String Theory

Tennistically Musical

Why should I write about music and tennis, not to mention the rest of the world? What do they have in common? On the surface, not that much. Music is a universal art, enjoyed by regular folk and the privileged alike; until recently tennis was thought of as an elite country-club sport. Not so anymore! Tennis is hit, sliced and volleyed from Cyprus to Chicago and Nantucket to Novosibirsk. With the arrival of personalities like Andre “Image is everything” Agassi or the Williams sisters, anyone who loves tennis has models to emulate. And with China’s conservatories literally bursting at the seams with millions of students, who can say that classical music is going extinct?

Practised at the highest levels, both music and tennis can transcend the ordinary to reach the level of high art. One could compare Stefan Edberg or Martina Navratilova’s high-wire acts to virtuoso showcases by Paganini, Liszt or Wieniawski. On the other hand, Rafa Nadal seems more “Brahmsian” to me with his topspin and physicality, while Sharapova is Tchaikovsky. She just is. All strings and brass, all the time.

For those who love Opera, consider the following cast of characters: the over-the-top drama of Italian Opera in John McEnroe and Jimmy Connors, Wagnerian tragedy in the lives of Monica Seles and Arthur Ashe, or Leconte and Gasquet’s play in the ”Symphonie Fantastique” spirit - although that’s not really an opera at all. But since there is one about The Great Gatsby – by John Harbison, apparently… Roger Federer should undoubtedly be cast as the main protagonist. He would fit in perfectly in a gentrified social setting, if it wasn’t for the badass brilliance of his game.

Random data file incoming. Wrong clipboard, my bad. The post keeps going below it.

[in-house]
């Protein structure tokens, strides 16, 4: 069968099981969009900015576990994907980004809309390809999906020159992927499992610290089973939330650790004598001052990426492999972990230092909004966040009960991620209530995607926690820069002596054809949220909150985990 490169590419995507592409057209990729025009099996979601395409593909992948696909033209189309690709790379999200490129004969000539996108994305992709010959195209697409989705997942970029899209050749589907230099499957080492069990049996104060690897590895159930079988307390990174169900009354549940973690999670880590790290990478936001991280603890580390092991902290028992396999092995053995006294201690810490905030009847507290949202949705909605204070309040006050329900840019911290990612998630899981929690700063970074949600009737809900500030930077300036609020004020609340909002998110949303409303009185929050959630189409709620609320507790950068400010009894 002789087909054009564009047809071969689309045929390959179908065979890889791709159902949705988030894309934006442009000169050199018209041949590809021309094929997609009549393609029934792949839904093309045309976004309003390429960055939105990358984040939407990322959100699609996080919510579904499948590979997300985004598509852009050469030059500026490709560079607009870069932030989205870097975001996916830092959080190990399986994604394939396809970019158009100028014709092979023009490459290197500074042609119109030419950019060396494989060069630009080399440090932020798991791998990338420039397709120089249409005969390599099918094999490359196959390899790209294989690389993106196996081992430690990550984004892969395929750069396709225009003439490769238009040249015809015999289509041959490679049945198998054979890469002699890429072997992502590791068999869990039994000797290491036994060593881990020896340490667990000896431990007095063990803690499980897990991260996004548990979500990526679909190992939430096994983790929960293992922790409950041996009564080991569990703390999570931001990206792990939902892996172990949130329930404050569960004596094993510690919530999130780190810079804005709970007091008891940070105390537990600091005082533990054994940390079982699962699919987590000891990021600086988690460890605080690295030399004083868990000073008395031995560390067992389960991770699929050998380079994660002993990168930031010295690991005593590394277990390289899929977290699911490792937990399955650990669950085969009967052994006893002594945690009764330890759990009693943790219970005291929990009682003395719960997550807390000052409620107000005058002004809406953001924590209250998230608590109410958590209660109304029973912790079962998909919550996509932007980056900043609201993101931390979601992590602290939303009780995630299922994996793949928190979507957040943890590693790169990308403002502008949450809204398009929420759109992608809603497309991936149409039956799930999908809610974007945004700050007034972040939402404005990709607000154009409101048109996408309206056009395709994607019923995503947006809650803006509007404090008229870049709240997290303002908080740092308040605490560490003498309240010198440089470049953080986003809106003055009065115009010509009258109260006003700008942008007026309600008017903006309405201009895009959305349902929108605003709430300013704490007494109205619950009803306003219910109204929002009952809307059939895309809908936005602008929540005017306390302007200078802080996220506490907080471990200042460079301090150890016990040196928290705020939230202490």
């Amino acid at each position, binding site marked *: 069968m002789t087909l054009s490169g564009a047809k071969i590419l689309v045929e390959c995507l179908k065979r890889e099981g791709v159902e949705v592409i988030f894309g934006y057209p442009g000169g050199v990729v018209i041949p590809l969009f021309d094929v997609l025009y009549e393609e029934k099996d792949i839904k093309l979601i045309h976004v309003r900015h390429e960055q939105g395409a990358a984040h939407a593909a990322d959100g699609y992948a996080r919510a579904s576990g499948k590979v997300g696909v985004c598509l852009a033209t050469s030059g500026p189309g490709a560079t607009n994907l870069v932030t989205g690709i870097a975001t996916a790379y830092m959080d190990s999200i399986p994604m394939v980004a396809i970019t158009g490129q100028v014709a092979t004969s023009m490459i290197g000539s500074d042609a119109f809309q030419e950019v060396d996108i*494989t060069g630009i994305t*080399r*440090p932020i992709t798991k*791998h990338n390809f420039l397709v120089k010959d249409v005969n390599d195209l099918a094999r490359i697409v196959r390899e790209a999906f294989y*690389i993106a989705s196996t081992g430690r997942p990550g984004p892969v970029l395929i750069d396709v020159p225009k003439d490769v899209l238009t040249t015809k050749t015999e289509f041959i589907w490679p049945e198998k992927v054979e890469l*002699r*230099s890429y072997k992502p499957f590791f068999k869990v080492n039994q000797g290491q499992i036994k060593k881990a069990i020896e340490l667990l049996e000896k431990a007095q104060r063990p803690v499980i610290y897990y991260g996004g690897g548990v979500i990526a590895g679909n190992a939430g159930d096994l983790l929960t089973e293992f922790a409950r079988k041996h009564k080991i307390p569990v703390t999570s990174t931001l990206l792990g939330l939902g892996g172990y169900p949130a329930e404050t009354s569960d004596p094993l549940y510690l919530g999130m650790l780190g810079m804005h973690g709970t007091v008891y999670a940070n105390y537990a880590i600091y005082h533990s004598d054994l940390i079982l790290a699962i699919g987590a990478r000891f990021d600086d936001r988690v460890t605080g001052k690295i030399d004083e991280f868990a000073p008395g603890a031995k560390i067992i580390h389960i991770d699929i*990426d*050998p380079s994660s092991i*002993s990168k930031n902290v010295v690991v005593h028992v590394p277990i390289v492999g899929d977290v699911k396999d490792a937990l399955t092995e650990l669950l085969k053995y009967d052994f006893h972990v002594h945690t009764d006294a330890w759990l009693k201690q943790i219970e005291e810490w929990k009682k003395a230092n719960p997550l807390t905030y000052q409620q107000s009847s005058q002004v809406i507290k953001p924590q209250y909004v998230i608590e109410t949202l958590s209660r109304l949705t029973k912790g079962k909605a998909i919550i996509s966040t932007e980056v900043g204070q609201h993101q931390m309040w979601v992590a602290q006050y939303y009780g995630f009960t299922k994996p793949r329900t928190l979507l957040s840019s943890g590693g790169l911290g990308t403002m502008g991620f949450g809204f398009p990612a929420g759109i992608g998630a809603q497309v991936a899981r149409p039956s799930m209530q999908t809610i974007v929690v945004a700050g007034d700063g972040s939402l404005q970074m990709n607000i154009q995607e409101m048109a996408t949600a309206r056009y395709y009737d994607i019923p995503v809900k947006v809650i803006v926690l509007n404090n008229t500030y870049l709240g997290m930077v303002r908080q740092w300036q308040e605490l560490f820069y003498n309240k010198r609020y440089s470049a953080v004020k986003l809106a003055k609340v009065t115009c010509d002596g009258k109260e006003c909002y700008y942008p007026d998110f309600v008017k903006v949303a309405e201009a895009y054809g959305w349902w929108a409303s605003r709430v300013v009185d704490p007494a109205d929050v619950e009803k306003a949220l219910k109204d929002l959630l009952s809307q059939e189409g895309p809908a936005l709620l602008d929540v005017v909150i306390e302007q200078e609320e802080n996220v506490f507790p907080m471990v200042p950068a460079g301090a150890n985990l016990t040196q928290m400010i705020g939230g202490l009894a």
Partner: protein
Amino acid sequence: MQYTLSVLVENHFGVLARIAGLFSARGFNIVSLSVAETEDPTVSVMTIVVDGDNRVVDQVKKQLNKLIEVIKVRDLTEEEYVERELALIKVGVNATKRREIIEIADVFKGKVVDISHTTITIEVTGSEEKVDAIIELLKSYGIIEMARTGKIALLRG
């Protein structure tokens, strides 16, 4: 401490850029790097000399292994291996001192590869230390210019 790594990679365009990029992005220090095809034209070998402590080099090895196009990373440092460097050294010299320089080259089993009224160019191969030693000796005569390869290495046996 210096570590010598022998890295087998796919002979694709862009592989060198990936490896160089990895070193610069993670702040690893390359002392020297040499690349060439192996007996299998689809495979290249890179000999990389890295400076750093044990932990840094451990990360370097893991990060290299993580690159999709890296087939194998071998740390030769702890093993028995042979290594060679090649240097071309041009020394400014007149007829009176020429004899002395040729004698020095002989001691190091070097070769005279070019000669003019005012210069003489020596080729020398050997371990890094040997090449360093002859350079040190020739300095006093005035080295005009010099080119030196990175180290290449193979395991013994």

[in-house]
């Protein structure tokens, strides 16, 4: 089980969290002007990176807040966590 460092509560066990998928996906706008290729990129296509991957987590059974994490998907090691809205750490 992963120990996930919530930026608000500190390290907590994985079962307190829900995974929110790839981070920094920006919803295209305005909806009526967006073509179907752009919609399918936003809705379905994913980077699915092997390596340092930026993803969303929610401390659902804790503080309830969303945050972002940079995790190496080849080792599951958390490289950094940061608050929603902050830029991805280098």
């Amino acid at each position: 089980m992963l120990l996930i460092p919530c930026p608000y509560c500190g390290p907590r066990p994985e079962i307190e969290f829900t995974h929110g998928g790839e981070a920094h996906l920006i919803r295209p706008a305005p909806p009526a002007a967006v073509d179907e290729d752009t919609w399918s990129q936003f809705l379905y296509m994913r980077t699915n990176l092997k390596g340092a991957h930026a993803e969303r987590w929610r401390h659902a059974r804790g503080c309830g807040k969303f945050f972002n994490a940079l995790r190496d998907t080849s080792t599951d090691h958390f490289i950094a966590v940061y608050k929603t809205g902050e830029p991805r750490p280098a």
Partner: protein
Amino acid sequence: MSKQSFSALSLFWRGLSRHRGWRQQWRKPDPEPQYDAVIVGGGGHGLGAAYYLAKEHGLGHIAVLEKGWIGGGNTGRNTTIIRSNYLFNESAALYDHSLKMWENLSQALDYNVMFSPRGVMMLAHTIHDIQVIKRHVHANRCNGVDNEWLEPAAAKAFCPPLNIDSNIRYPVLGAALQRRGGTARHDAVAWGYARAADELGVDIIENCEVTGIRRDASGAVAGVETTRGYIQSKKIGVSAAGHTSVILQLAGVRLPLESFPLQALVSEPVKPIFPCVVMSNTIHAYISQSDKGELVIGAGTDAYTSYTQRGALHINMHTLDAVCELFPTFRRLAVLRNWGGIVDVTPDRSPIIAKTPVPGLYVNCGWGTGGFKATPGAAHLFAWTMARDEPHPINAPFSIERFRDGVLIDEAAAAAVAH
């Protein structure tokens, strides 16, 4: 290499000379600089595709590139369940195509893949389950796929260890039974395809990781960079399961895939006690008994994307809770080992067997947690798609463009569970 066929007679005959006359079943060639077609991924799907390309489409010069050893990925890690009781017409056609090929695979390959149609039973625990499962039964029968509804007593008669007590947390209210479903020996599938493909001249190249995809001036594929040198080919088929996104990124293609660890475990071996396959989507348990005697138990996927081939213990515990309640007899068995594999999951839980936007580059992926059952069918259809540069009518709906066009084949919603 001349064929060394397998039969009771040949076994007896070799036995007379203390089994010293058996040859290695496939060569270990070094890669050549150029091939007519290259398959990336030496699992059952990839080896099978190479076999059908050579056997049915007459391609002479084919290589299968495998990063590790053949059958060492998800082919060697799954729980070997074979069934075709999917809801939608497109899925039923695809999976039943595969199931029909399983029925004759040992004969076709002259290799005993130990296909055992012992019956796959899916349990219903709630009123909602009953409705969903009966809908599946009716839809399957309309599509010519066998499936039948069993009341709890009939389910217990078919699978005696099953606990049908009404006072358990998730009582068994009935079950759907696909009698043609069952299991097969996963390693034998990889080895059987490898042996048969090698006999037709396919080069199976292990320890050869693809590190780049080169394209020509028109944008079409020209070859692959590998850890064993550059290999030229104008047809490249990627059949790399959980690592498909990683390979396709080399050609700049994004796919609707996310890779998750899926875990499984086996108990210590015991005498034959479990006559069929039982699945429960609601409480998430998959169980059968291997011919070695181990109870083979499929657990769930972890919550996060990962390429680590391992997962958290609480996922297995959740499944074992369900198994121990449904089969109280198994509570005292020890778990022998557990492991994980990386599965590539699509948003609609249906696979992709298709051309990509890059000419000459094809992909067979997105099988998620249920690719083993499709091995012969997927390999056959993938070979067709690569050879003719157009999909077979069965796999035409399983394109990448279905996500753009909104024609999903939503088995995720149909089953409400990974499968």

There are amongst the women - mostly Eastern Europeans, like Jelena Jankovic, Daniela Hantuchova, Anna Chakvetadze – players who have escaped the rigors of their musical (although I’m not convinced of her talent!) practice regimen in favor of a different kind of drilling. Which would you chose? An F# minor fingered octave scale or a volleying drill in the blaring heat? The practice room can be a dark place, so there’s something to be said about following the sun around the world! Although Cincinnati seems to be pretty stifling at the moment…

What of the strings alluded to in this blog’s title? Many tennis players listen for the pitch coming off their racquet strings by gently tapping two racquets together to check for the desired tension (as do the stringers!). They’re not quite “playing” their racquet, or even tuning them on the spot like instrumentalists, but they certainly use their ears. In the age of Luxilon, do any of the current stars have perfect pitch? During a match, players can first tell what sort of stroke has been hit by the sound coming off their opponents’ racquet. How about a change of pace in the middle of a rally – a player suddenly coming to the net, or playing a drop shot? That’s rhythm, say like a steady 4/4 pulse suddenly disrupted by syncopation, jazz-like. As you can see, many things in tennis make me think of music, and certain things in music make me think of tennis!

We’ll discuss the US Open run-up next time. It’s gonna be an interesting one…

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